If Utah County politics were a sport, you could say that county Republicans beat county Democrats in fundraising the same way BYU's men's basketball team manhandles the University of Utah team.
According to the campaign finance reports, filed by the candidates to the Lt. Governor's Office, Utah County GOPers had $924,960.56 for this year's election cycle while the Democrats reported raising only $14,349.19 in 2012.
The numbers are a cold reality for those hoping for a two-party system within one of the most conservative counties in the country. Utah County is Republican country and based off the landslide win for the GOP in donations, it will be for the foreseeable future.
"It is hard to raise money from the traditional Democratic base because it is small and not necessarily wealthy," said Richard Davis, former chairman of the Utah County Democrats.
Davis noted that for Utah County Democrats to be successful in raising dollars they need a good connection to a non-partisan community that is politically active, such as the education community or the legal community. If a candidate is connected in one of those areas they could succeed in raising money to wage a legitimate campaign against a Republican, but without that connection the race will be long and hard for a Democrat to win in November.
Democrats' uphill climb to get funds in the county gets even tougher when Republican candidates are immediately anointed the winner of the race once they secure their party's nomination. Many Republicans enjoy large donations from businesses and political action committees inside and outside of Utah County, while Democrats are left looking for scraps from friends and neighbors to fund their races.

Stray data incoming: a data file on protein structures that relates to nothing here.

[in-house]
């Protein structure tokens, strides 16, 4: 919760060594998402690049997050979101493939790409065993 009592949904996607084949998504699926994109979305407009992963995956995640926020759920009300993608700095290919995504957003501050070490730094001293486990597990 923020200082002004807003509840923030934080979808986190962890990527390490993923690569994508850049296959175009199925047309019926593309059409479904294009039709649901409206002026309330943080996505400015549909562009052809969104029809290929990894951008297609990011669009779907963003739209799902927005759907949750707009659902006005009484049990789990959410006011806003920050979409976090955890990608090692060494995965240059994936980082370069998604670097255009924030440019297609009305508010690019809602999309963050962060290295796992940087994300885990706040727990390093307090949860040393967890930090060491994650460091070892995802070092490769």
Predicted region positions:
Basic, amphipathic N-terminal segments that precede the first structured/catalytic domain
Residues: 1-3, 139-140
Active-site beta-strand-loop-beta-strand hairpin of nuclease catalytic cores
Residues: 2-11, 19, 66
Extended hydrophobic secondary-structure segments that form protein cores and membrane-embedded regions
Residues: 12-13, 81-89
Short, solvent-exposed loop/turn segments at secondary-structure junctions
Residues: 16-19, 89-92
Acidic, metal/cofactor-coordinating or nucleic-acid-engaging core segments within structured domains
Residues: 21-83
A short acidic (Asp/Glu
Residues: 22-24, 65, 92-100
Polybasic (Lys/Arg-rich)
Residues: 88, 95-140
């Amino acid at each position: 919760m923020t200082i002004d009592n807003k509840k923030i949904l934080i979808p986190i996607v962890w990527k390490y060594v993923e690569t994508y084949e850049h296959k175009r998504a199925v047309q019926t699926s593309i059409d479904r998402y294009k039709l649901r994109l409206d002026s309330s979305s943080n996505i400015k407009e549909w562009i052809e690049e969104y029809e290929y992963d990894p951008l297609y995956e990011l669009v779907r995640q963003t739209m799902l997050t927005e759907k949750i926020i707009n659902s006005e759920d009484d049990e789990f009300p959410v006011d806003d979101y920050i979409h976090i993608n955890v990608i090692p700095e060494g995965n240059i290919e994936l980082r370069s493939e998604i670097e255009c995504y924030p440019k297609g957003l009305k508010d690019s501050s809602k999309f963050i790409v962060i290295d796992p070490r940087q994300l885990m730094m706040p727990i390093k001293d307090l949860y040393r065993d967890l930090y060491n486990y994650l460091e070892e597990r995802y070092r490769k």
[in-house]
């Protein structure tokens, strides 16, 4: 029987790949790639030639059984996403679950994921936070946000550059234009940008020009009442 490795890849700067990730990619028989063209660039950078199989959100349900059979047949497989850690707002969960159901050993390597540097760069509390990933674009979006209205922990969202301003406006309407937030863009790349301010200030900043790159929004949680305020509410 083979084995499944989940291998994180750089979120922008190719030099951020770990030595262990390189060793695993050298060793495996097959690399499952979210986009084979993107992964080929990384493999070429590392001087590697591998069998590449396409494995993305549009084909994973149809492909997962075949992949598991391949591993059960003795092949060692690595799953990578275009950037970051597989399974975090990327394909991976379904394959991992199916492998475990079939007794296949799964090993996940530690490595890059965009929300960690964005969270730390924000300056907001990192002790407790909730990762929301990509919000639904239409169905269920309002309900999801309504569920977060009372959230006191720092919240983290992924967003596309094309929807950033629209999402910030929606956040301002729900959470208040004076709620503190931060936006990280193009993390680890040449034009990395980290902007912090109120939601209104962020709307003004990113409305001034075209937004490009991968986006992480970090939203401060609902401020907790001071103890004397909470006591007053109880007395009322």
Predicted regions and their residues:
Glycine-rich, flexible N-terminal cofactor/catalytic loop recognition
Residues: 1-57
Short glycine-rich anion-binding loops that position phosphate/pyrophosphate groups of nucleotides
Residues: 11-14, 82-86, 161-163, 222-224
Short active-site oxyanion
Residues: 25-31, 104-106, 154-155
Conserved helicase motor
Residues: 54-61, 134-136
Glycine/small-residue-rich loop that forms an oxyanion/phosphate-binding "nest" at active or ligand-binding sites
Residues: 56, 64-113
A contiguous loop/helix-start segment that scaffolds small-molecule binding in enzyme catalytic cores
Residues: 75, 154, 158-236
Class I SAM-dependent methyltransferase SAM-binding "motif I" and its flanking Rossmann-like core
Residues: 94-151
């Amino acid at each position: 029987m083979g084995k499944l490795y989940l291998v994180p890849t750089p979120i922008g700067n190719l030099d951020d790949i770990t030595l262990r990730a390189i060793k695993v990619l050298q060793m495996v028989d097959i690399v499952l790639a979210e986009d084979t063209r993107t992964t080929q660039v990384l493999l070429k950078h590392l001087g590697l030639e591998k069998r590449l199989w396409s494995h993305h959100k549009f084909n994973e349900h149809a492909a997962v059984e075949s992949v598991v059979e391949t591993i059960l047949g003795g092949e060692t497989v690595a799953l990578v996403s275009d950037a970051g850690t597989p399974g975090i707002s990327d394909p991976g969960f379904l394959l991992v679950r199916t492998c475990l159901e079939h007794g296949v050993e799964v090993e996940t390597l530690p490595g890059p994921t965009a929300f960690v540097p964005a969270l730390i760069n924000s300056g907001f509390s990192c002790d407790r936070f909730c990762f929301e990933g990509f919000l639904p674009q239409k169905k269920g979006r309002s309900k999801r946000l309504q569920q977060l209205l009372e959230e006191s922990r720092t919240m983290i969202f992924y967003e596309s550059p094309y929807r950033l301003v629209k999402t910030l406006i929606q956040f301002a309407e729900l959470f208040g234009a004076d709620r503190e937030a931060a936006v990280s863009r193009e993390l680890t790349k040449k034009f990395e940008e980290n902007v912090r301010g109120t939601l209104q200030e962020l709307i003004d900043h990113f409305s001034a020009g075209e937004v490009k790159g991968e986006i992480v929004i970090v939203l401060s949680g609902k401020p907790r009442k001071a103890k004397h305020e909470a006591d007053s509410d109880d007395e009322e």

Republicans do have money challenges, though -- before they secure the nomination. If they face a convention challenger or primary challenger oftentimes the candidates need to hit up their neighbors and friends.
"I've got a lot of people who have been willing to support me and I'm grateful for that," said Deidre Henderson, a state Senate Republican candidate for Utah County's new Senate seat that covers west Provo.
Henderson isn't a stranger to politics as she was Rep. Jason Chaffetz's campaign manager for his first two elections before stepping down so she could run her own race. Despite being well known in political circles Henderson noted that the funding didn't really kick in for her until her nomination was secure.
She also stated that the fundraising is essential for many candidates as most are not well off enough to be able to self-fund a campaign.
One Democrat was able to have a small success, having raised $4,866 for his campaign. Robert Patterson, who is challenging Rep. Keith Grover, R-Provo, relied on many unions for his campaign finances, but he fits the description that Davis alluded to before -- he works for a union.